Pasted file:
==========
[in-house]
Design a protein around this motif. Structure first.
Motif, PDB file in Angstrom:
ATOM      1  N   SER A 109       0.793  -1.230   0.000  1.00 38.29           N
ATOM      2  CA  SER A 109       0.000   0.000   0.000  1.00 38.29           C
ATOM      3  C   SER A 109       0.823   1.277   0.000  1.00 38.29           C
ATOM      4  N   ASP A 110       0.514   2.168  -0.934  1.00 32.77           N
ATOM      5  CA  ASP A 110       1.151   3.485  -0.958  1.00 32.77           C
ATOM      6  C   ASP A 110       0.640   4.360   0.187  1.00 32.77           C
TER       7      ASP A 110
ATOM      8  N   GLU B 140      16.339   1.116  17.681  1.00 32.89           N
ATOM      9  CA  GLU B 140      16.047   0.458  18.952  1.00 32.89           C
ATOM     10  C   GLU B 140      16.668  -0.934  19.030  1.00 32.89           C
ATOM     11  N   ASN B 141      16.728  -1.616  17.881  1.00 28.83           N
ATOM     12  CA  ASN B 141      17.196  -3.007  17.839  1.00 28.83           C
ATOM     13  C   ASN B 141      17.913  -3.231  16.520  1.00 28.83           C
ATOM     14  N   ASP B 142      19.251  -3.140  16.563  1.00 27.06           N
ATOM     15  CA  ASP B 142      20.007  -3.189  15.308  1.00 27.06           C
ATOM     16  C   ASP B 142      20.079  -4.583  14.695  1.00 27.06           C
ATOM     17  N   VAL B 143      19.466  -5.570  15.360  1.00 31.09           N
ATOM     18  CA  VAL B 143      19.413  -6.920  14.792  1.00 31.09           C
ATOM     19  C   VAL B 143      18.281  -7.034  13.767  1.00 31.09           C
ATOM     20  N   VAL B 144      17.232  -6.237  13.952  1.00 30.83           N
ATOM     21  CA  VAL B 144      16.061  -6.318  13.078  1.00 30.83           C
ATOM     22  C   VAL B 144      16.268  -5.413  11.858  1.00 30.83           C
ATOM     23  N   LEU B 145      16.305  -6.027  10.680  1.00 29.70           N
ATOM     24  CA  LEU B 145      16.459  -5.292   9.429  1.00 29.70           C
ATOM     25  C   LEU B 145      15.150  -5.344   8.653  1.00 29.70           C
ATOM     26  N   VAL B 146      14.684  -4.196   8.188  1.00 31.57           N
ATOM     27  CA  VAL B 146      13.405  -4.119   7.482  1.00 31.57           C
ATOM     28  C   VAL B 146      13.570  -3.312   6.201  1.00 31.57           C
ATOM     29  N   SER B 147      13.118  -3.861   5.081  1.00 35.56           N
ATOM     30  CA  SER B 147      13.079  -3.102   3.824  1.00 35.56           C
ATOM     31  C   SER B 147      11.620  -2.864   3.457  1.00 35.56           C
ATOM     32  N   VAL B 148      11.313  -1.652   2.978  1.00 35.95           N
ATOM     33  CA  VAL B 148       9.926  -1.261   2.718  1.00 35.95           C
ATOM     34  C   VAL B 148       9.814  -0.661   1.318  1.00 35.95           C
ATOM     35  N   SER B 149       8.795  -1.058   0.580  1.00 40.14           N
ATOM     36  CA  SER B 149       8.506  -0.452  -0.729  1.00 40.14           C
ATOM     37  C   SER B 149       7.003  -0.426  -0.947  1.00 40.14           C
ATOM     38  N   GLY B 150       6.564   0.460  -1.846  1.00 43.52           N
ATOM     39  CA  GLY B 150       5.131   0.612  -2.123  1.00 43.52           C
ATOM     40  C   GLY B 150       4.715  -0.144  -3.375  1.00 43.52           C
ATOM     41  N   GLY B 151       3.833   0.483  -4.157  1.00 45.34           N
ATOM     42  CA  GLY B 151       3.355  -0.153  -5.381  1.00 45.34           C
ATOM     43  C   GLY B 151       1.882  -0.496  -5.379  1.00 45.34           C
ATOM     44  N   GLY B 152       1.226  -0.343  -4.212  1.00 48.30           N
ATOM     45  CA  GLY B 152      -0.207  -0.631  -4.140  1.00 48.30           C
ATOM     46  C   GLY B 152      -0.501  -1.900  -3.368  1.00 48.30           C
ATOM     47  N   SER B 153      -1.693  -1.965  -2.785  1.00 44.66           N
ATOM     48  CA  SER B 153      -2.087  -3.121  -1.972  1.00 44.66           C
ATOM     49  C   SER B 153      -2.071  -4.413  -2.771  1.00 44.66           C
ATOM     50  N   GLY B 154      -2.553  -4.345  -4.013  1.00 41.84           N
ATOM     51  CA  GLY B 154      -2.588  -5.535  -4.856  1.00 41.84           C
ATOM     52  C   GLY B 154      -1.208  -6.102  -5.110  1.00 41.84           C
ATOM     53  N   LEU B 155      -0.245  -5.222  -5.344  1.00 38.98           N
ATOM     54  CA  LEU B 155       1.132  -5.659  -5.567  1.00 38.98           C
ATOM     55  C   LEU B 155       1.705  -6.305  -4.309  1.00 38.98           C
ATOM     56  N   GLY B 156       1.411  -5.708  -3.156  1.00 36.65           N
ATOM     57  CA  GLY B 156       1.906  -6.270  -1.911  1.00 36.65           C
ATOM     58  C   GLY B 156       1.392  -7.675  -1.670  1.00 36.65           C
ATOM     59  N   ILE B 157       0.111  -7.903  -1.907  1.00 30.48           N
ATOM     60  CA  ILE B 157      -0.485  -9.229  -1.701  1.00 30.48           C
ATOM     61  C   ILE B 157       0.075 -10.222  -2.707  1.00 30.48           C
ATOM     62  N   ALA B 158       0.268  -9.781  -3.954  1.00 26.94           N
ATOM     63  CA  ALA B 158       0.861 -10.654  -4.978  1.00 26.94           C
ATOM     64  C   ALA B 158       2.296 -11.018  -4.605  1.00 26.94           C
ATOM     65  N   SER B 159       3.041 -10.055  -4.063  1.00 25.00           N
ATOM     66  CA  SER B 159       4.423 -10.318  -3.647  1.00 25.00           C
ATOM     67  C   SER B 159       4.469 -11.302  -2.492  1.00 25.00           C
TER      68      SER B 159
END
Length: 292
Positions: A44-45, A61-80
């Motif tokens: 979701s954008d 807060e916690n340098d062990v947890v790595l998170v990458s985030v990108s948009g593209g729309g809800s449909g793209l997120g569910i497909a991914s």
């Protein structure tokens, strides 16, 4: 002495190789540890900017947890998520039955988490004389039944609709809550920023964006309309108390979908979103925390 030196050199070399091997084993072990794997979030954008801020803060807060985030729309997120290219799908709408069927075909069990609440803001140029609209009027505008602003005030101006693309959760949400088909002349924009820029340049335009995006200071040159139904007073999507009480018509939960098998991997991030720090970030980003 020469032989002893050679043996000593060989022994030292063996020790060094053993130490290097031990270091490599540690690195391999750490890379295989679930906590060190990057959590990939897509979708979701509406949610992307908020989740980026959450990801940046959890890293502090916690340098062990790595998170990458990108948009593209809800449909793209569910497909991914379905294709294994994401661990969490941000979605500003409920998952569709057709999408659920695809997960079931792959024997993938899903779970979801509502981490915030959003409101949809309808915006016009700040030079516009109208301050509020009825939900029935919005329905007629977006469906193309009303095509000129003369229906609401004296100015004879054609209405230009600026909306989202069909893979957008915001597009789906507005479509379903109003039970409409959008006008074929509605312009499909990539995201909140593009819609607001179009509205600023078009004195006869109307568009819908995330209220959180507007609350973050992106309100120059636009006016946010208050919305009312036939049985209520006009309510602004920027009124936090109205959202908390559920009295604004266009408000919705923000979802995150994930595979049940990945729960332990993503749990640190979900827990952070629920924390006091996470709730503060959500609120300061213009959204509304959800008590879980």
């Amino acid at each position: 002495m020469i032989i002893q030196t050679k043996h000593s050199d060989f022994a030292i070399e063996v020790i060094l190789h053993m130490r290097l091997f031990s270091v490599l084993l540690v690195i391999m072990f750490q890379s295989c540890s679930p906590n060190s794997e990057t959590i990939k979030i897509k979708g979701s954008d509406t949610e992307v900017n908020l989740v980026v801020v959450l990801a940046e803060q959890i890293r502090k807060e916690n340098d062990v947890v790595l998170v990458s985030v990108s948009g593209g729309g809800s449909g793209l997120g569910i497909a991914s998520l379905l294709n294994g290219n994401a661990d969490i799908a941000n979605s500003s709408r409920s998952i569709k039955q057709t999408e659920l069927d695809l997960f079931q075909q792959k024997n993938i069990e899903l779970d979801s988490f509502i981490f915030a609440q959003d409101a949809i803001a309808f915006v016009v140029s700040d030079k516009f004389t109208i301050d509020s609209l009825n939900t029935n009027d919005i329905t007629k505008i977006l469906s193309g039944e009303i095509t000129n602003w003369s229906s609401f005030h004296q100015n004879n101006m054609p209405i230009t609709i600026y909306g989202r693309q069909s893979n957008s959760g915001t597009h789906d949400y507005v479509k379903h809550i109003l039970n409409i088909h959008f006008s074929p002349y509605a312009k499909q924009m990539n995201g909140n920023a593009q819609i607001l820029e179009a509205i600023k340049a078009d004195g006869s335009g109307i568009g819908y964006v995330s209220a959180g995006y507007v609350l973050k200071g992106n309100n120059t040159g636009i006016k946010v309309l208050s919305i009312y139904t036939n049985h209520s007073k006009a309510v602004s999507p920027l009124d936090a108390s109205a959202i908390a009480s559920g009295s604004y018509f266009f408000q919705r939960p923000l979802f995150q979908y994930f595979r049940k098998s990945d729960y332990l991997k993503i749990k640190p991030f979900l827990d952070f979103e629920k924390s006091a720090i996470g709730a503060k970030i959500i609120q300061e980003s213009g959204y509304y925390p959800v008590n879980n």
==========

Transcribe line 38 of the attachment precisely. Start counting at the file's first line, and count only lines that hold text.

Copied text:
ATOM     35  N   SER B 149       8.795  -1.058   0.580  1.00 40.14           N